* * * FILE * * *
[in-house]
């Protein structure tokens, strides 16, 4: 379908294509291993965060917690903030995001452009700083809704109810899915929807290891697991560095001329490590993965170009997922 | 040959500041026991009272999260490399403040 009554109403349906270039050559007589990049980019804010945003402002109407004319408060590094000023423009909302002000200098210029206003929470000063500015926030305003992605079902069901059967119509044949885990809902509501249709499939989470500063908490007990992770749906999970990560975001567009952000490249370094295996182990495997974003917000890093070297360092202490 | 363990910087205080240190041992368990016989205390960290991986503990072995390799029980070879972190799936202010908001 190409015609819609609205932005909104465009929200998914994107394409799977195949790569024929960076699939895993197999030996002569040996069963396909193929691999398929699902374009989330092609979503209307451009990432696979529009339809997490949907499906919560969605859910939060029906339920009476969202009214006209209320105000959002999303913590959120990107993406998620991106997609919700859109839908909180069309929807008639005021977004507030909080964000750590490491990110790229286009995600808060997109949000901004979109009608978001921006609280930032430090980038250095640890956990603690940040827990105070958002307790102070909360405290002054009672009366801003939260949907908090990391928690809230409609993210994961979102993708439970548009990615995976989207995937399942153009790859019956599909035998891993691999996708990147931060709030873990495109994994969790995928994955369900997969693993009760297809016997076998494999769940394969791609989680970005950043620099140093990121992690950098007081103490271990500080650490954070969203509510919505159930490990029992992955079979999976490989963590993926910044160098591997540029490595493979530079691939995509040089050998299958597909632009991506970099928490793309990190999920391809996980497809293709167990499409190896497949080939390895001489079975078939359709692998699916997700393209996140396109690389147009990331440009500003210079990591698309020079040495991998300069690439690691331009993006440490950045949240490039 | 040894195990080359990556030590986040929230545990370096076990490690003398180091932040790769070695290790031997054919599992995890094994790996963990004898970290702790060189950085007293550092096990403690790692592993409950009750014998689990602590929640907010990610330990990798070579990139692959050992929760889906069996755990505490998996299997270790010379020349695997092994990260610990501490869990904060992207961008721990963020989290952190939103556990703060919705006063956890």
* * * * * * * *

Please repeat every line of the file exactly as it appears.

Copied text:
[in-house]
């Protein structure tokens, strides 16, 4: 379908294509291993965060917690903030995001452009700083809704109810899915929807290891697991560095001329490590993965170009997922 | 040959500041026991009272999260490399403040 009554109403349906270039050559007589990049980019804010945003402002109407004319408060590094000023423009909302002000200098210029206003929470000063500015926030305003992605079902069901059967119509044949885990809902509501249709499939989470500063908490007990992770749906999970990560975001567009952000490249370094295996182990495997974003917000890093070297360092202490 | 363990910087205080240190041992368990016989205390960290991986503990072995390799029980070879972190799936202010908001 190409015609819609609205932005909104465009929200998914994107394409799977195949790569024929960076699939895993197999030996002569040996069963396909193929691999398929699902374009989330092609979503209307451009990432696979529009339809997490949907499906919560969605859910939060029906339920009476969202009214006209209320105000959002999303913590959120990107993406998620991106997609919700859109839908909180069309929807008639005021977004507030909080964000750590490491990110790229286009995600808060997109949000901004979109009608978001921006609280930032430090980038250095640890956990603690940040827990105070958002307790102070909360405290002054009672009366801003939260949907908090990391928690809230409609993210994961979102993708439970548009990615995976989207995937399942153009790859019956599909035998891993691999996708990147931060709030873990495109994994969790995928994955369900997969693993009760297809016997076998494999769940394969791609989680970005950043620099140093990121992690950098007081103490271990500080650490954070969203509510919505159930490990029992992955079979999976490989963590993926910044160098591997540029490595493979530079691939995509040089050998299958597909632009991506970099928490793309990190999920391809996980497809293709167990499409190896497949080939390895001489079975078939359709692998699916997700393209996140396109690389147009990331440009500003210079990591698309020079040495991998300069690439690691331009993006440490950045949240490039 | 040894195990080359990556030590986040929230545990370096076990490690003398180091932040790769070695290790031997054919599992995890094994790996963990004898970290702790060189950085007293550092096990403690790692592993409950009750014998689990602590929640907010990610330990990798070579990139692959050992929760889906069996755990505490998996299997270790010379020349695997092994990260610990501490869990904060992207961008721990963020989290952190939103556990703060919705006063956890």